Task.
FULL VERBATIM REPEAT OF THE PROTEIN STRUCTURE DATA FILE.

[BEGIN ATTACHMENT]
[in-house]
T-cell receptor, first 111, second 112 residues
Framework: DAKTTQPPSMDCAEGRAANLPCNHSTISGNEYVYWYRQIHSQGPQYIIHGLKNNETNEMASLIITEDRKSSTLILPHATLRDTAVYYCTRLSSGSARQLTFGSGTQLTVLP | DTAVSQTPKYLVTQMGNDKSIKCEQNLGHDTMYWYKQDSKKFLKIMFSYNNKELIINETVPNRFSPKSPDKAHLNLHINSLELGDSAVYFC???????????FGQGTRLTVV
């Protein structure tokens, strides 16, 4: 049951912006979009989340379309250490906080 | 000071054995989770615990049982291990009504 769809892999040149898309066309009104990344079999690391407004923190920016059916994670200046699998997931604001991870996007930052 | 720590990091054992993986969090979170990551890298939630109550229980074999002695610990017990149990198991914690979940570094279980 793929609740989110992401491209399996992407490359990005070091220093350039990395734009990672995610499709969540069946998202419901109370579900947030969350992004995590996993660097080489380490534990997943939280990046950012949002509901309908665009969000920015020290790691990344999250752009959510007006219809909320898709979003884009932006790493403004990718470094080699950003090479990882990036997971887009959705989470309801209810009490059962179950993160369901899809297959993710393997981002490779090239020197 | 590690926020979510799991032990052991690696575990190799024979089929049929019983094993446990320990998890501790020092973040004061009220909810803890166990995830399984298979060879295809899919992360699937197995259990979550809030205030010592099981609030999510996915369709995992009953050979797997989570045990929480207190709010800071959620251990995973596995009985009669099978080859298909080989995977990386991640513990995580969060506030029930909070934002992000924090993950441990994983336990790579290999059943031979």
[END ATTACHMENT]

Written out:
[in-house]
T-cell receptor, first 111, second 112 residues
Framework: DAKTTQPPSMDCAEGRAANLPCNHSTISGNEYVYWYRQIHSQGPQYIIHGLKNNETNEMASLIITEDRKSSTLILPHATLRDTAVYYCTRLSSGSARQLTFGSGTQLTVLP | DTAVSQTPKYLVTQMGNDKSIKCEQNLGHDTMYWYKQDSKKFLKIMFSYNNKELIINETVPNRFSPKSPDKAHLNLHINSLELGDSAVYFC???????????FGQGTRLTVV
């Protein structure tokens, strides 16, 4: 049951912006979009989340379309250490906080 | 000071054995989770615990049982291990009504 769809892999040149898309066309009104990344079999690391407004923190920016059916994670200046699998997931604001991870996007930052 | 720590990091054992993986969090979170990551890298939630109550229980074999002695610990017990149990198991914690979940570094279980 793929609740989110992401491209399996992407490359990005070091220093350039990395734009990672995610499709969540069946998202419901109370579900947030969350992004995590996993660097080489380490534990997943939280990046950012949002509901309908665009969000920015020290790691990344999250752009959510007006219809909320898709979003884009932006790493403004990718470094080699950003090479990882990036997971887009959705989470309801209810009490059962179950993160369901899809297959993710393997981002490779090239020197 | 590690926020979510799991032990052991690696575990190799024979089929049929019983094993446990320990998890501790020092973040004061009220909810803890166990995830399984298979060879295809899919992360699937197995259990979550809030205030010592099981609030999510996915369709995992009953050979797997989570045990929480207190709010800071959620251990995973596995009985009669099978080859298909080989995977990386991640513990995580969060506030029930909070934002992000924090993950441990994983336990790579290999059943031979």